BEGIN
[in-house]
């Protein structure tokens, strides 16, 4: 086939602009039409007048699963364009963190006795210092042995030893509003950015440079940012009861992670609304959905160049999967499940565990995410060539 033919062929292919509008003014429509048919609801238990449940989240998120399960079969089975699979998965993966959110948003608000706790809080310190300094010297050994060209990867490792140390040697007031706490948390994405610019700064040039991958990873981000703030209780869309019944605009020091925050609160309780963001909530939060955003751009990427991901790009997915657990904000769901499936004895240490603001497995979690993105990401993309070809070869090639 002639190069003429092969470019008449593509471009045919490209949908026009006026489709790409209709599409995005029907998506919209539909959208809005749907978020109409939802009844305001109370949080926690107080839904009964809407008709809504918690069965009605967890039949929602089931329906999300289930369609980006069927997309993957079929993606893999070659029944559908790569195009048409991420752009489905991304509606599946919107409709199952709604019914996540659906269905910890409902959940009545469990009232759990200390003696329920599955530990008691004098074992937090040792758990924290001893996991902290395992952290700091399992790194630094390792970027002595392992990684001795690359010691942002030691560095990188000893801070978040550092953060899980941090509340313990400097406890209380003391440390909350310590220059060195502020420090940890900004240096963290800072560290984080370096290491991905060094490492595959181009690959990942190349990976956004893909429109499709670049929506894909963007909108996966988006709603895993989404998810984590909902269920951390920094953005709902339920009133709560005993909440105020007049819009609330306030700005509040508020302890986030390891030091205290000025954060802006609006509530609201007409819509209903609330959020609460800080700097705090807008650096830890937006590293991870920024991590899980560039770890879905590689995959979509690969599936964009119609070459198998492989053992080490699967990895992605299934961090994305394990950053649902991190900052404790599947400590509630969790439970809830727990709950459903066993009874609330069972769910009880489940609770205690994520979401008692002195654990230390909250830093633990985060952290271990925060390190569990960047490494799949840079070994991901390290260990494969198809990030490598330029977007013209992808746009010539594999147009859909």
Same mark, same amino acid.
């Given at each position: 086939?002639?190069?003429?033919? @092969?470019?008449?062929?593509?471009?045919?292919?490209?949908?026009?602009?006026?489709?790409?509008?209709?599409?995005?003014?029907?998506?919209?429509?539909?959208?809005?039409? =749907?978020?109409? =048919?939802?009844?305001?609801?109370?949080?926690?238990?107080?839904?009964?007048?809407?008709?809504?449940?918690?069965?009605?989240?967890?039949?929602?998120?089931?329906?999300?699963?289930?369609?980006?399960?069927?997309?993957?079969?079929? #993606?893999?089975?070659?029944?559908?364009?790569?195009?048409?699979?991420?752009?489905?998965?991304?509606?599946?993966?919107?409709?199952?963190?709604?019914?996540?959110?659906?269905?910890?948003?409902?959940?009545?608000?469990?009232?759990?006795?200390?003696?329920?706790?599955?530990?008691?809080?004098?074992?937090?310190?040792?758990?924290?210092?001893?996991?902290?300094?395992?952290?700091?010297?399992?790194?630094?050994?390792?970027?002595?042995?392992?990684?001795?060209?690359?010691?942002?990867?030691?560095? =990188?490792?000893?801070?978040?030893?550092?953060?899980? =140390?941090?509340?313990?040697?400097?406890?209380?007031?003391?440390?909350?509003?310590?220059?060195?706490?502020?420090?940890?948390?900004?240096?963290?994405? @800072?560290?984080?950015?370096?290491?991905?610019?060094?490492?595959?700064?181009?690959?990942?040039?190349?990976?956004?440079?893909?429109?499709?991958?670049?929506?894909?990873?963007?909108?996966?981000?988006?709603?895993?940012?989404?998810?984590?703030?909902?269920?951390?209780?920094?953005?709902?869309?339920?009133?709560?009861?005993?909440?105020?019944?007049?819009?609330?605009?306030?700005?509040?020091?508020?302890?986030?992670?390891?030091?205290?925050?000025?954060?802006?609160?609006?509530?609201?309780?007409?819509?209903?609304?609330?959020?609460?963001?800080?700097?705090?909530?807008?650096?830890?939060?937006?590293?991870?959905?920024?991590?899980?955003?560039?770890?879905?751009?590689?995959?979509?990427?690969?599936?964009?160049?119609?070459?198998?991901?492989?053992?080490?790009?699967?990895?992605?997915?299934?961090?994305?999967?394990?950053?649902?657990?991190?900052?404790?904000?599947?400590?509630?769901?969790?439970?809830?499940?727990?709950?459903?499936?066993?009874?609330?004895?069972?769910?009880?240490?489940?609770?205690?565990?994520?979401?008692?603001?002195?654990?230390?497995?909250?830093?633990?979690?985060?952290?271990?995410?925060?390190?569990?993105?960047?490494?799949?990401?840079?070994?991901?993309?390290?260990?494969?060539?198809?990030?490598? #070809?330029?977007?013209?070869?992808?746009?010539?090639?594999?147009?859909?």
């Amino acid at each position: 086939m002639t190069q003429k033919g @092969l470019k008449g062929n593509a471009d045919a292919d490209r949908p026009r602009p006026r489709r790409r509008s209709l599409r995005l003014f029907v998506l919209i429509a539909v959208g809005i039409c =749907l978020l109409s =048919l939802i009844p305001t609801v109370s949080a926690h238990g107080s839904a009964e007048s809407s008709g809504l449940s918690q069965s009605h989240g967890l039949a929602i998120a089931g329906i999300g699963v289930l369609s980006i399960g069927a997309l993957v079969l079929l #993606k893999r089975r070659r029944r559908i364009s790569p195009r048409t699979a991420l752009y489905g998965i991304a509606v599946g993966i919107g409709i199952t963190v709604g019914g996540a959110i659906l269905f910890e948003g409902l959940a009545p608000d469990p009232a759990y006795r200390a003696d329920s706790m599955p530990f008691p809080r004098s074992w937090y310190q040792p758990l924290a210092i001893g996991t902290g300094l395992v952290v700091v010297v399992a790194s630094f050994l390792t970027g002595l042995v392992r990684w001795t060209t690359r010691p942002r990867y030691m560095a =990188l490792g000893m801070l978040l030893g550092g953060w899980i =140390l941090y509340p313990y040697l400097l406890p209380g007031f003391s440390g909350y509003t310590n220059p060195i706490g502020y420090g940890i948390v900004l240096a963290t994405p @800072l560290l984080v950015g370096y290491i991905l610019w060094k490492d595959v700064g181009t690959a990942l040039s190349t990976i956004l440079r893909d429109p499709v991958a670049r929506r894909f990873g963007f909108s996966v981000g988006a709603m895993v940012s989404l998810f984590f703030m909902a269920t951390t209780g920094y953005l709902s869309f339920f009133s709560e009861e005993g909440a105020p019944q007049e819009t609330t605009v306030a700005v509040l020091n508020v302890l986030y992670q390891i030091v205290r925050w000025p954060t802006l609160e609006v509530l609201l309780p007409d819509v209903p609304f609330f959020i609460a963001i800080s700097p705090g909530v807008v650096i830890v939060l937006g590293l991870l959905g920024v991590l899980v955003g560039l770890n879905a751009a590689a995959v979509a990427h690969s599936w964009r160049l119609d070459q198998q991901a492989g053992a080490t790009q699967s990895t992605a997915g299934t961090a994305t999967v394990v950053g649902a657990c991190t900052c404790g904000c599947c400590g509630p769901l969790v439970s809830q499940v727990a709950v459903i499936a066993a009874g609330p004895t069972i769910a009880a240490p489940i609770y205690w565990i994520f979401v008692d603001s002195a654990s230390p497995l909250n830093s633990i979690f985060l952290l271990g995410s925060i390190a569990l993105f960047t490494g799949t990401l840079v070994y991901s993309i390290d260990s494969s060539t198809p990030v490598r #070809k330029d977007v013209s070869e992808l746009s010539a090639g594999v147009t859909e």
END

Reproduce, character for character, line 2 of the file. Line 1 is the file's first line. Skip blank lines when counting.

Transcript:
């Protein structure tokens, strides 16, 4: 086939602009039409007048699963364009963190006795210092042995030893509003950015440079940012009861992670609304959905160049999967499940565990995410060539 033919062929292919509008003014429509048919609801238990449940989240998120399960079969089975699979998965993966959110948003608000706790809080310190300094010297050994060209990867490792140390040697007031706490948390994405610019700064040039991958990873981000703030209780869309019944605009020091925050609160309780963001909530939060955003751009990427991901790009997915657990904000769901499936004895240490603001497995979690993105990401993309070809070869090639 002639190069003429092969470019008449593509471009045919490209949908026009006026489709790409209709599409995005029907998506919209539909959208809005749907978020109409939802009844305001109370949080926690107080839904009964809407008709809504918690069965009605967890039949929602089931329906999300289930369609980006069927997309993957079929993606893999070659029944559908790569195009048409991420752009489905991304509606599946919107409709199952709604019914996540659906269905910890409902959940009545469990009232759990200390003696329920599955530990008691004098074992937090040792758990924290001893996991902290395992952290700091399992790194630094390792970027002595392992990684001795690359010691942002030691560095990188000893801070978040550092953060899980941090509340313990400097406890209380003391440390909350310590220059060195502020420090940890900004240096963290800072560290984080370096290491991905060094490492595959181009690959990942190349990976956004893909429109499709670049929506894909963007909108996966988006709603895993989404998810984590909902269920951390920094953005709902339920009133709560005993909440105020007049819009609330306030700005509040508020302890986030390891030091205290000025954060802006609006509530609201007409819509209903609330959020609460800080700097705090807008650096830890937006590293991870920024991590899980560039770890879905590689995959979509690969599936964009119609070459198998492989053992080490699967990895992605299934961090994305394990950053649902991190900052404790599947400590509630969790439970809830727990709950459903066993009874609330069972769910009880489940609770205690994520979401008692002195654990230390909250830093633990985060952290271990925060390190569990960047490494799949840079070994991901390290260990494969198809990030490598330029977007013209992808746009010539594999147009859909």